Encouraging college students to play more computer games might seem like a counter-intuitive way to develop career prospects, but what if they're aiming to be the next eSports superstar?
More and more American colleges are offering scholarships to promising young players in games such as Blizzard's Heroes of the Storm and League of Legends. And now as Riot prepares to broadcast their collegiate uLoL Campus Series, undergrad eSports is coming to the world outside university walls.
But it's hard to picture the future for semi-professional eSports at educational institutions. In their athletic counterparts, university teams and clubs are often the route into a career in sports. American Football and basketball are the most obvious example of this, with a nationwide league, Mad March and TV broadcasts with finals rivalling their professional analogues. With collegiate eSports still in their infancy, can they emulate the successes of the NCAA?
Riot has been working on its collegiate programme for a few years now, which has resulted in more than five universities adopting scholarships for League. Columbia College in Missouri became the latest to offer financial backing to players in November of last year.
"Esports aren't the future," College President, Scott Dalrymple, said in a statement at the time. "They're the present. True skill at video gaming is just as impressive – and just as legitimate – as excellence in traditional sports."
Columbia's team joined the North American Collegiate Championship, alongside some 300 other institutions across the continent. The higher education system in the United States is a rich vein for anyone looking for players in a specific age bracket who are already well-acquainted with the game.
"I think, depending on the region, there is a different appetite for collegiate competition," says Jason Yeh, head of EU eSports at Riot Games. "In the United States, collegiate athletics is the springboard to professional athletics in most sports, particularly the team ones. So there is a very natural path where you can leverage the university and college ecosystem to have organised competition, and to surface talent that can then be picked up by teams."
There is of course the age issue. Many of the world's best gamers are still in their teens: certainly Evil Geniuses had no need of a collegiate system to discover Pakistani Dota 2 prodigy Syed 'Suma1L' Hassan, who in 2015 helped the team to victory at the Dota Asia Championships and The International at the grand old age of 15.
But this route has proven viable for Adrian 'Adrian' Ma, who was picked up by Team Impulse in the last LCS pre-season after attending Robert Morris University on a scholarship. Now he's in the starting line-up for an all-star Immortals squad alongside former Fnatic players Heo 'Huni' Seung-hoon and Kim 'Reignover' Ui-jin. But outside of America, the collegiate route takes a turn before it even gets started.
"In countries where there is already that sort of ecosystem set up for traditional sports, it's a lot easier to tap into for League," Yeh says. "But I think in Europe in general, I've been living in Germany for the past two years, and college athletics – especially when you think about the sports that are most popular, like soccer – you find talent by seeking out players when they're nine to 12, and you put them in academies and they train."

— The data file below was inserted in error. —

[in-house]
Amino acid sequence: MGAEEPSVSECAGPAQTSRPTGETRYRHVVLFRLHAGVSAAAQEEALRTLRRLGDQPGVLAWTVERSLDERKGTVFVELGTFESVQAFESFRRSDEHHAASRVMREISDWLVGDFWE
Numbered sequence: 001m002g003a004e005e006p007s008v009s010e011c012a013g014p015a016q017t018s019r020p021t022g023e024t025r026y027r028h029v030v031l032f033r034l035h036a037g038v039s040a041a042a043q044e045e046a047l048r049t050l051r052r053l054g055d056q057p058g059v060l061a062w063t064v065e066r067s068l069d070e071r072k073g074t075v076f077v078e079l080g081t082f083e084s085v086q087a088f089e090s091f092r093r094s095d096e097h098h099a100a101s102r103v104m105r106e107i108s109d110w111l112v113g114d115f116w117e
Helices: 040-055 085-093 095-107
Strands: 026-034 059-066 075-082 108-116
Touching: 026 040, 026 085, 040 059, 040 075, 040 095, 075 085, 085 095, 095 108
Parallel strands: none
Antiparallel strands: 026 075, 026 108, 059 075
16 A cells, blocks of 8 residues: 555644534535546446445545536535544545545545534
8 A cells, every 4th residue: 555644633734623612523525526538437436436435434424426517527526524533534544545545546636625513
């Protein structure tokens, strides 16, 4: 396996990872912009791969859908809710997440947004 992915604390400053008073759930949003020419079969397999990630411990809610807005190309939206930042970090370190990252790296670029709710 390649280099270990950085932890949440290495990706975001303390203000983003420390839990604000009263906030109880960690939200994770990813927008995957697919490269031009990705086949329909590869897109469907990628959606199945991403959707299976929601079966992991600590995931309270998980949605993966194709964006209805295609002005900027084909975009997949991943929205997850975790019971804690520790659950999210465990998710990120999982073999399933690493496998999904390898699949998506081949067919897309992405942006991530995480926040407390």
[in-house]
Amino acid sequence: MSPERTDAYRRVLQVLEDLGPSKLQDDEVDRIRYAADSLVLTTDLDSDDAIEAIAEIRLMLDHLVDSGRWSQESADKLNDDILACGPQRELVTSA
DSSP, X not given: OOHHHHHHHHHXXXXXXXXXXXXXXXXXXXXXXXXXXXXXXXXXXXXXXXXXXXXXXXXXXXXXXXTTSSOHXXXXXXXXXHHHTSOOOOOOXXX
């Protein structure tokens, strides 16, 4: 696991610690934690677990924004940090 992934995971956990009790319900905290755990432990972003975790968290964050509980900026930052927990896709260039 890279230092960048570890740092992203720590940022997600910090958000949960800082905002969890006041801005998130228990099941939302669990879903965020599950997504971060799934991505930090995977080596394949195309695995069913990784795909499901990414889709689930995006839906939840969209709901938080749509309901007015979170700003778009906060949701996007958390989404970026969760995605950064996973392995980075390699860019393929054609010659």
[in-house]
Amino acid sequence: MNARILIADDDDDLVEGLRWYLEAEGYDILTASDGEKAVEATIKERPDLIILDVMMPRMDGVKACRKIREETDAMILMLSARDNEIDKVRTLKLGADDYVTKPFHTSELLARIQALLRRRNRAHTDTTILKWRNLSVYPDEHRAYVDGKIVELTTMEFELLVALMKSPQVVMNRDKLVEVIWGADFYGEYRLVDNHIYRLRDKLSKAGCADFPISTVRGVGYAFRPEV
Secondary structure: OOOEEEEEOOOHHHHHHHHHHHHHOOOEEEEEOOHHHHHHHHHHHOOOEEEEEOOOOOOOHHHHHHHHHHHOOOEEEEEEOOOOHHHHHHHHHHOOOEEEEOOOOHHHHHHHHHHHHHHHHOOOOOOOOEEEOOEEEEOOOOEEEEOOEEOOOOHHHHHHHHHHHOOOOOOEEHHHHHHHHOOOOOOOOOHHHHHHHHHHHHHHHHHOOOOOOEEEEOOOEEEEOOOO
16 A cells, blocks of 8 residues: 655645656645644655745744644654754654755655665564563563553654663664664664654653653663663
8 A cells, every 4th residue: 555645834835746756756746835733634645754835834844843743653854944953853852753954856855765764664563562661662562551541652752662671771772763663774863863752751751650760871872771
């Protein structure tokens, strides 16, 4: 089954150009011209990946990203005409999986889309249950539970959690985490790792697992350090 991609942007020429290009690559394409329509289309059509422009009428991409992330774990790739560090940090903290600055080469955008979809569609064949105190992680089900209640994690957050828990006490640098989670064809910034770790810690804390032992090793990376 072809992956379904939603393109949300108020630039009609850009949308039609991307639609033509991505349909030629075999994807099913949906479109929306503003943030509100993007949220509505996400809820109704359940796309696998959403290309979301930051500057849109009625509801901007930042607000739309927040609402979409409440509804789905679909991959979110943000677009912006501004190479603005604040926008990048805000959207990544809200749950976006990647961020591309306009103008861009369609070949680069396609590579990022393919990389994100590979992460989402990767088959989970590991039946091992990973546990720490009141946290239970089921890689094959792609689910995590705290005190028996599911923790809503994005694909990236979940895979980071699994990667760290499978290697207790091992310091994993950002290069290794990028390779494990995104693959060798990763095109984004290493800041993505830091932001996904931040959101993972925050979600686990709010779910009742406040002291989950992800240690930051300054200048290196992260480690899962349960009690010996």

This cultural and structural difference is just one of the myriad challenges facing the Riot team as they try to bring collegiate eSports to a wider talent pool across the world – and a wider audience. Of the 300 million Americans in 2012, more than 50 million watched college football. Games are broadcast on national and cable TV, as well as played out in stadiums rivalling their NFL syndicated bigger brothers. Offering the competition at college level is only half the battle: showing it off to the world is the other aim.
Blizzard managed the most high-profile attempt to replicate this reach with Heroes of the Dorm last April, broadcast on the home of American sports, ESPN. Though ratings were nowhere near high enough to suggest a break into the mainstream consciousness, the conversation around the coverage was a net gain for eSports as a whole. With ESPN now doubling down on their eSports efforts, this could be the touchpaper for bringing college eSports not just to the attention of eSports fans, but as an ambassador for games as competition to a wider audience.
But ESPN is still a very American affair, along with Heroes of the Dorm and the uLoL Campus Series. Are there signs of the same varsity sports roots in other regions that can be used to attach the vines of college eSports? Yeh believes even in Europe there are places where sports academies aren't the only existing infrastructure.
"Where that is different is the UK, where for certain sports like rugby and hockey, the university system actually produces the people who go on to be pros," he says. "There is a huge appetite for teams within universities, self-organising and competing against each other. So I think where there are natural divisions into smaller teams and groups, we should take advantage of those structures to promote competition."
Just like with every other aspect of eSports growth, collegiate competition can find its audience given the time and resources. It's a proven career track so far and with the right attention, it could be the perfect chance for crowds to spot up-and-comers waiting to put their mark on the international stage.